Can you guys teach me to hack the Gibson?? :D
The number of attackers has no direct effect on the amount of time it takes to penetrate. It's not like moving a heavy object where adding people is going to directly affect the physics of it. It's a poker game. It's a guided game of chance.
The machine is either secure, or it isn't.
i don't want to read up no unix manual gimme gimme gimme.. :D
the days of dumpster diving / social engineering finding holes in the target and doing a precission "Cracking" and then slipping away in the darkness of night are long lost arts. the youth of today just want it all now now now. Who cares if they make a ton of network noise doing loud as heck scans.:mad:
Sorry Joe but I'm gonna have to agree on a little less strictness too with a very valid reason:
You never hire cops to show you how to break into a house to make a better lock, you hire a dirty rotten son of a bitch to do it right.
Thanks Captain Zap!
Anyway, I personally don't think there is an issue talking, discussing, or talking about, how to break into something, to better understand it. That curiosity is how most of us started, and most of the big companies today were founded by kids in a garage with this mentality. Even Apple (Steve Wozniak has my vote for greatest Hacker ever as he can design both hardware and software, and make it actually work, even down to the paper and pencil level) but either way, as long as there is a reason other than "I are teh Haxxor, I are rooting Hotmail" I don't think it's much of an issue.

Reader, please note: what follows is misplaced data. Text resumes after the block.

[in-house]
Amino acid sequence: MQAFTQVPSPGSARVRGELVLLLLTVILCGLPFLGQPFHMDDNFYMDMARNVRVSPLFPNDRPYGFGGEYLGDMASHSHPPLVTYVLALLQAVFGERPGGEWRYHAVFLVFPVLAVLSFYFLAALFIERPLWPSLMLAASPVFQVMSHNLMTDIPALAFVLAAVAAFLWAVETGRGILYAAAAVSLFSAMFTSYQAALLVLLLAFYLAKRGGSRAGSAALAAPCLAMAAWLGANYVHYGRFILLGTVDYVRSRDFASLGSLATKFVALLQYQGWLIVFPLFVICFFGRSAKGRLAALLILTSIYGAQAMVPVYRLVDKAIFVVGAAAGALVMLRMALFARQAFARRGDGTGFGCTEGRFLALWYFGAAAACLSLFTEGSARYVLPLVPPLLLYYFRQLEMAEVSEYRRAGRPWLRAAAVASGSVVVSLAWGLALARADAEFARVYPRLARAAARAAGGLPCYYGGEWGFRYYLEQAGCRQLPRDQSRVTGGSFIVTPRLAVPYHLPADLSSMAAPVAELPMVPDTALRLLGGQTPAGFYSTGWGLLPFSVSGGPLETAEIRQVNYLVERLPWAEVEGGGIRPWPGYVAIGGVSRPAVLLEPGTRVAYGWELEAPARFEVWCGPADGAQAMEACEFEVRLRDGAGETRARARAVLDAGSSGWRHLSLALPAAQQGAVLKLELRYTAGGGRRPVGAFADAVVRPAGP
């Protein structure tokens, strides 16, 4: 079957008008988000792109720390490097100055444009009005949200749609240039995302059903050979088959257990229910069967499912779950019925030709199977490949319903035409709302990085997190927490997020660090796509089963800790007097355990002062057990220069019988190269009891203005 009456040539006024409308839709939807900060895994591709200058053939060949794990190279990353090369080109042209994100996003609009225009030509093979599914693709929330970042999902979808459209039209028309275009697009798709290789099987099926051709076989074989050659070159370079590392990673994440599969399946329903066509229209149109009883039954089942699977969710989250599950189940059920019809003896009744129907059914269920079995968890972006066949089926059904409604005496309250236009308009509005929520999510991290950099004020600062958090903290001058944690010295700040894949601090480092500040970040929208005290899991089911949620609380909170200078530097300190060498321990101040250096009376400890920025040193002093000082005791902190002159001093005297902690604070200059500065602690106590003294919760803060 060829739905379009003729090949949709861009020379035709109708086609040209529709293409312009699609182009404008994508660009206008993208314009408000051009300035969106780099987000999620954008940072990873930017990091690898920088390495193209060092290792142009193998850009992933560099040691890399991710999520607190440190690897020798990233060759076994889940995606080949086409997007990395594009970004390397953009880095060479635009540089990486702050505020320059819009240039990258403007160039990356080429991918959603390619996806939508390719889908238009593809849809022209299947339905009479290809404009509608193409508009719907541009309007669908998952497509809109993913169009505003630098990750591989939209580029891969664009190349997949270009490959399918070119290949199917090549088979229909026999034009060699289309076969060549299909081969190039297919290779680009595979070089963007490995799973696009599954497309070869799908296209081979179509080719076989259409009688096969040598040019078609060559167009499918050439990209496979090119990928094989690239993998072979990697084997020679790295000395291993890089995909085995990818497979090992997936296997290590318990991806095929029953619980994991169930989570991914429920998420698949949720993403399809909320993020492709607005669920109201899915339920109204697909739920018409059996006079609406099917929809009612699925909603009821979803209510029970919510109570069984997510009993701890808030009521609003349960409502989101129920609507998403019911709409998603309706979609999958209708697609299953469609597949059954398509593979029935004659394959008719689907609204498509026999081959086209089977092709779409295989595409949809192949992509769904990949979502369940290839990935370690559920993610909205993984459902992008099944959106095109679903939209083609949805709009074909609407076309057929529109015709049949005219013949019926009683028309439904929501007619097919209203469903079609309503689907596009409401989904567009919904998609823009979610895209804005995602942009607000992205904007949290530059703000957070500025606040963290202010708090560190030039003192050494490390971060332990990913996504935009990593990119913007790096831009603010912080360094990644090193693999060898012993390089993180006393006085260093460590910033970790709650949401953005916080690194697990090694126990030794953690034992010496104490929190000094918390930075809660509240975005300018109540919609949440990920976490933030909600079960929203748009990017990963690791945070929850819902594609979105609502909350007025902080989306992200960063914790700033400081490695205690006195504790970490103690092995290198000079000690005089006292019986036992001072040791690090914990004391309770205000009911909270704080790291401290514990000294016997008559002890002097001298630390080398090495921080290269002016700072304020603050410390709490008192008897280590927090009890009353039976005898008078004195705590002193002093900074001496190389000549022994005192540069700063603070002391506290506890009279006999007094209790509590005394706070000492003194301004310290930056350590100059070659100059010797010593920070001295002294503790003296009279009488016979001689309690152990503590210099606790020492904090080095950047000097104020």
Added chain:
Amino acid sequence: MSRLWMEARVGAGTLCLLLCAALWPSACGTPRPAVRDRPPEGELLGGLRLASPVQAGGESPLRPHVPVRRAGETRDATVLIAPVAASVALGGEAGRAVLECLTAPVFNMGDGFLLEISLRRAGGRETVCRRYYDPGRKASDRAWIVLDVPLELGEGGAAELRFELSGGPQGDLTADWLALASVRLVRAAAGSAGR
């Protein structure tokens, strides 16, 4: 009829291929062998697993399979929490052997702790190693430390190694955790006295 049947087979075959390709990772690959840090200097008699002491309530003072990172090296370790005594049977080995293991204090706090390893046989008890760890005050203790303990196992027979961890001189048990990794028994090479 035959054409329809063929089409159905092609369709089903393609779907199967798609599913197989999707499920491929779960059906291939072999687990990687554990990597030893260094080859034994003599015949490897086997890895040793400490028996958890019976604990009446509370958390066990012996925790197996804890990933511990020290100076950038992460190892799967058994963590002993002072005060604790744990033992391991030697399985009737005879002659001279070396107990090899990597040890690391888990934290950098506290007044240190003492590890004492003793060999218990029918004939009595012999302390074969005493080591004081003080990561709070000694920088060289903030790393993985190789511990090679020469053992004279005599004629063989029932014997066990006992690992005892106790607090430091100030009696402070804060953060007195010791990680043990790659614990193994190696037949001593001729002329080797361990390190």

Well, I don't have any problems with this particular thread, as it is about the logistics of hacking, rather than how to do it.
I would also comment that intel would play a part...................the more you know about a system, then the fewer people you would need as you would know what wasn't worth trying? On the other hand, if you know pretty much nothing about the system, more people would let you try more possibilities in a shorter space of time.
As has already been mentioned, the more people you have the greater the need for project management so they are all working as a team, and cohesively.
Yes, I think that pretty soon you would hit "The Law of Diminishing Returns" ....basically you probe the system and look to see what the response is before making your next move.............that would be very difficult to control with too many people working on it.Quote:
The number of attackers has no direct effect on the amount of time it takes to penetrate. It's not like moving a heavy object where adding people is going to directly affect the physics of it.